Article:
12/14/2016 02:40 EST | Updated 12/14/2016 08:32 EST

Bright Lights, Big Money: Satellite Pics Can Now Measure Economy

That is, if there's such a thing as a "cool" way to measure an economy.

Forget government reports and economists’ notes. A Japanese startup has come up with a much cooler way of measuring the economy: Looking at satellite images of the earth at night.

Actually, it’s an algorithm that “looks” at the images to see changes in the intensity of light coming from particular areas.

It then compares that against economic data like manufacturing and trade to make an accurate estimate of how the economy’s gross domestic product (GDP) is doing.

The concept was developed by Tokyo-based Nowcast, a business consultancy.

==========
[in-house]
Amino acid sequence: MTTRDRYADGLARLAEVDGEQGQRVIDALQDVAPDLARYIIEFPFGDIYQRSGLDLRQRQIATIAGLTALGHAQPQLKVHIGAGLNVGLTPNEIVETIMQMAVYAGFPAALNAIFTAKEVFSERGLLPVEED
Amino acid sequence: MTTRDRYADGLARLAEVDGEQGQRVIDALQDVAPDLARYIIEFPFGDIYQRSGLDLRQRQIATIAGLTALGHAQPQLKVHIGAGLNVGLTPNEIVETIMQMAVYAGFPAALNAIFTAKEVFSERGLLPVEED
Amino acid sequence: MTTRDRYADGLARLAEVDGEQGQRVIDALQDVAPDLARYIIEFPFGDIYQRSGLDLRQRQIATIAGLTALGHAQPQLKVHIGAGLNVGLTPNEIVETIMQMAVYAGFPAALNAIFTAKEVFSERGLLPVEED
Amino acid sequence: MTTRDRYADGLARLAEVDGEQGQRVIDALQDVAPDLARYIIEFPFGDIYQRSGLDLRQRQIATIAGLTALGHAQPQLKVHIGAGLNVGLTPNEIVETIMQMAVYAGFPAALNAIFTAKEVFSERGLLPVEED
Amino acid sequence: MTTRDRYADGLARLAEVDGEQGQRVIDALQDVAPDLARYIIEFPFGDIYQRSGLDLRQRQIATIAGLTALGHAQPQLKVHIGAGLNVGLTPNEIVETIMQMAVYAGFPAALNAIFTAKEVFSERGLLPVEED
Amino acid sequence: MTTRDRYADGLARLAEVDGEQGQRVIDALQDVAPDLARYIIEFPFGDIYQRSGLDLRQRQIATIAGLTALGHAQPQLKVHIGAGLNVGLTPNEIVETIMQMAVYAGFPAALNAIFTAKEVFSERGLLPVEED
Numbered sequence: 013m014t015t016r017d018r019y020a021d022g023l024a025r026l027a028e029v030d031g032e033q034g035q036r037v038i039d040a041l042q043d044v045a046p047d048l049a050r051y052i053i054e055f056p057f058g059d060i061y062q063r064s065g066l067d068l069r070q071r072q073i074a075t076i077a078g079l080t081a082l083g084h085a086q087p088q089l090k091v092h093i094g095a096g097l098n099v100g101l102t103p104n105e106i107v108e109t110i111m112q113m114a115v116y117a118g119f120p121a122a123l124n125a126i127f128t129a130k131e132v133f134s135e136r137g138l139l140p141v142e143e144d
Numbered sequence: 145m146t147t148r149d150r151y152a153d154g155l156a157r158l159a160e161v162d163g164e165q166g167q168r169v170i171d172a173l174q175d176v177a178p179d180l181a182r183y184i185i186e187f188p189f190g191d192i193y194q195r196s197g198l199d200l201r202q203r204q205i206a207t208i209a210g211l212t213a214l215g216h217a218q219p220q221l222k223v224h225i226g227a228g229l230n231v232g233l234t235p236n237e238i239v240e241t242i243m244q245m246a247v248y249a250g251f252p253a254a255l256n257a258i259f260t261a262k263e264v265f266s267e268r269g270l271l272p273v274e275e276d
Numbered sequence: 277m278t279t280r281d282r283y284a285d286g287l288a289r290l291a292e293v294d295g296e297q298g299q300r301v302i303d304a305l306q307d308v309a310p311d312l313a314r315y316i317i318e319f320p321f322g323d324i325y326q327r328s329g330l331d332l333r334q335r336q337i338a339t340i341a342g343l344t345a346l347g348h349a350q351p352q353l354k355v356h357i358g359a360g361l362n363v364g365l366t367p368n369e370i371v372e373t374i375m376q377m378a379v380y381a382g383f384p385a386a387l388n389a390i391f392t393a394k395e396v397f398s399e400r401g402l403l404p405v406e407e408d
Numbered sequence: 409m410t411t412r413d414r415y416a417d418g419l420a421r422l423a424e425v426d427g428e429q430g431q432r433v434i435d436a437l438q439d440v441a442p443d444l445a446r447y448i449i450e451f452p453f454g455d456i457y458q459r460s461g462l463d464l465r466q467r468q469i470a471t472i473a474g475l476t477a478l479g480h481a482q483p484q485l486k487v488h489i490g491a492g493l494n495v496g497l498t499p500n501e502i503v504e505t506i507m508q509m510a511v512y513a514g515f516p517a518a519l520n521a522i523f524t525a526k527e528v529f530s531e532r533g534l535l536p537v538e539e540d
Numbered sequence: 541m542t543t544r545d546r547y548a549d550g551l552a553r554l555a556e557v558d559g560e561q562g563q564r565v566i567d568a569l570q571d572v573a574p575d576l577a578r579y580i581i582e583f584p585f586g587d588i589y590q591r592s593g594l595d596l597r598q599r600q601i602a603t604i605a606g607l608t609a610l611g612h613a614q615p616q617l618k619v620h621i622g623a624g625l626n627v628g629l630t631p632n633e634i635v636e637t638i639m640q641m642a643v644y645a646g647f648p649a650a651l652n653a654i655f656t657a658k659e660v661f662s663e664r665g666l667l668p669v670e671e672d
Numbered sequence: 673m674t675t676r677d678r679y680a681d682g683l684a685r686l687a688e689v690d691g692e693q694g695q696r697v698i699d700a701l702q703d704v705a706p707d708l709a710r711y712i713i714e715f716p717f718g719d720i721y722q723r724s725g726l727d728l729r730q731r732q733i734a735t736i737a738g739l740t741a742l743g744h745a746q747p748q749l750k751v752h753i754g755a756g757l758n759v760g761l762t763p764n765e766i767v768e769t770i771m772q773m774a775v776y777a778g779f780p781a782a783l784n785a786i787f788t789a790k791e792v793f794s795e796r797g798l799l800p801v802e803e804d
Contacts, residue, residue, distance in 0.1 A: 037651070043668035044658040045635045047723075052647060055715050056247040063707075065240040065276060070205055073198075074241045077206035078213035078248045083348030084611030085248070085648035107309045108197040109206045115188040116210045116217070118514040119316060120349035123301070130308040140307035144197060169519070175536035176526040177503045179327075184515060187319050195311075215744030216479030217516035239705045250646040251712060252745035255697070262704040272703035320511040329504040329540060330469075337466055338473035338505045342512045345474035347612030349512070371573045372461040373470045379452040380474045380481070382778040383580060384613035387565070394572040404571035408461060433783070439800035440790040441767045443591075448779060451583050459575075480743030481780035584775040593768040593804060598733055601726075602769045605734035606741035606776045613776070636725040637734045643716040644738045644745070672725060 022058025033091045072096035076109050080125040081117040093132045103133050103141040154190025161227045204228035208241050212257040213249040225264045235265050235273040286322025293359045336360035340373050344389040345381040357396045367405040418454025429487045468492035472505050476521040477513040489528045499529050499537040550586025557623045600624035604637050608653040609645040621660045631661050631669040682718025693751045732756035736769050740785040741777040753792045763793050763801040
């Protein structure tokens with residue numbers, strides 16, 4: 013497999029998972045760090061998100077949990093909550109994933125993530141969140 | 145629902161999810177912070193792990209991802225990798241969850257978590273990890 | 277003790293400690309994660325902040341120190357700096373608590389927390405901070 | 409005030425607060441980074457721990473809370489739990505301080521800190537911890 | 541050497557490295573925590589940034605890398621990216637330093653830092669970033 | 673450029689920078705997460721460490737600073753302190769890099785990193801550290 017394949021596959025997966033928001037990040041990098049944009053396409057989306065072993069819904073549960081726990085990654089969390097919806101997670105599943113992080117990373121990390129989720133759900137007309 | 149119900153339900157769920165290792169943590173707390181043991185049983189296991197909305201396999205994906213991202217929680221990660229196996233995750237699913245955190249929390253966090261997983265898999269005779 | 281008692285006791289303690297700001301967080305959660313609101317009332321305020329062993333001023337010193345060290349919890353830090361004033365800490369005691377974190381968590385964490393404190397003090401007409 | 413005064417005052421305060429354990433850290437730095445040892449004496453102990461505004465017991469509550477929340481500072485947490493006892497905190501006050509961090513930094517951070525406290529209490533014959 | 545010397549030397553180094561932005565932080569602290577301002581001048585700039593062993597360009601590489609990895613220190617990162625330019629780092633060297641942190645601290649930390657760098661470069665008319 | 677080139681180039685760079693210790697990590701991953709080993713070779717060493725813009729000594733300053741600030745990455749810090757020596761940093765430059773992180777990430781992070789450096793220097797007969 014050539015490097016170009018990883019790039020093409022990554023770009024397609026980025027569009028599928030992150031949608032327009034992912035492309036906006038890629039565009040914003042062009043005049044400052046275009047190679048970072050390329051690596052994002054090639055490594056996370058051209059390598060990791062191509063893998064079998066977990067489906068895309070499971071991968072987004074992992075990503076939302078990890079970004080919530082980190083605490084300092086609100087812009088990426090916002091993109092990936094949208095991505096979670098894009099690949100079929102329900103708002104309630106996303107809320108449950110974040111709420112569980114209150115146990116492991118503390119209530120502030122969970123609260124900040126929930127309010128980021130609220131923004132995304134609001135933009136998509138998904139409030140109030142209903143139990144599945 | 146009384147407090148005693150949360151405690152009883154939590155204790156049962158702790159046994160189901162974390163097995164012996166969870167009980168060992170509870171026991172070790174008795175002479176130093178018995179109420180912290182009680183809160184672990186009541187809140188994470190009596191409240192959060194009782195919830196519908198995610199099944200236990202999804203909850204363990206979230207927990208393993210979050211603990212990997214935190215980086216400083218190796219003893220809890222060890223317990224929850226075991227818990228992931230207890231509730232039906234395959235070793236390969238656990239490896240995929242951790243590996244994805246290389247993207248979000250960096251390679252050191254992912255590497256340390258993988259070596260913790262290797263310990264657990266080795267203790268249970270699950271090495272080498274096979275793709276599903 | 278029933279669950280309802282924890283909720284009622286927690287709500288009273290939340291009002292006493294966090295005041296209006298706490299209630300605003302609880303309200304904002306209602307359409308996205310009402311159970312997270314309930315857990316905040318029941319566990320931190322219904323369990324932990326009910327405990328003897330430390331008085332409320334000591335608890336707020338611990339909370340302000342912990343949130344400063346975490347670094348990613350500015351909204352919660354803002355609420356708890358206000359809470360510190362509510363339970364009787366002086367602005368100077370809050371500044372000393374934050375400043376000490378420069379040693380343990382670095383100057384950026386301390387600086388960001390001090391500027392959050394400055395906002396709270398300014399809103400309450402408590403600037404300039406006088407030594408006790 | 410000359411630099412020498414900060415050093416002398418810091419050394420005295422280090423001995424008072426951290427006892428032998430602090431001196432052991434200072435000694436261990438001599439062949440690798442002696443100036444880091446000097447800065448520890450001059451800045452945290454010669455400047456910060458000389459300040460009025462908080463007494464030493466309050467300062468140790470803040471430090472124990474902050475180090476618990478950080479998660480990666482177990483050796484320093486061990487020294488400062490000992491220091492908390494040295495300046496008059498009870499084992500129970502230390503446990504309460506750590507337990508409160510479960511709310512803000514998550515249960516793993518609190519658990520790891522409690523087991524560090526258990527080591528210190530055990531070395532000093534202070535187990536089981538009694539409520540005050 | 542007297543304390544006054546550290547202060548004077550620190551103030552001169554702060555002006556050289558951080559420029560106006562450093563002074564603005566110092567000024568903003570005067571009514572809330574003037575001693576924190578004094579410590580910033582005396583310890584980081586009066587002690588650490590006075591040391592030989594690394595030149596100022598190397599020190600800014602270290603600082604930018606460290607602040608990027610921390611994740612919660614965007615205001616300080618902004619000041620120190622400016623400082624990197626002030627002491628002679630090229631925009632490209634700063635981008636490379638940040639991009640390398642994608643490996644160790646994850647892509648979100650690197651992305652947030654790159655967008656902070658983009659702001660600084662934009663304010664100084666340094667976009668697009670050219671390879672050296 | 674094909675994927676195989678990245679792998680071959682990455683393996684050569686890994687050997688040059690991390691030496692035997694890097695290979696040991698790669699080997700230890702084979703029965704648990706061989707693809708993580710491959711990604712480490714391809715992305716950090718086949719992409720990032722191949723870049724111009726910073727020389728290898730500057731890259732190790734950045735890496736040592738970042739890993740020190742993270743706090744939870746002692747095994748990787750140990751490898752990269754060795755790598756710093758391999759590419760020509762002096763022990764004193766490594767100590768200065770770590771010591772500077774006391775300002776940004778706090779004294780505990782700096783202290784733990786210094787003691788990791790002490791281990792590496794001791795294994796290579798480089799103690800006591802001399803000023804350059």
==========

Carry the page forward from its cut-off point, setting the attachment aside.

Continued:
A NASA satellite image shows Italy at night, with central and eastern Europe in the background. (Photo:

And the real advantage? It can provide that data almost in real time.

“In the case of many economic statistics, there is a considerable lag between the time that they are surveyed and the time they are released,” Nowcast explains on its website. That makes it “extremely difficult not only to predict the future, but even to accurately gauge the current situation.”

Company CEO Ryota Hayashi told Bloomberg that testing in Japan showed the system was more accurate than surveys of economists carried out before official numbers come out. Nowcast aims to sell its services to companies that rely on those forecasts.

It plans to roll the product out in China, Japan, Taiwan and the U.S. in February.

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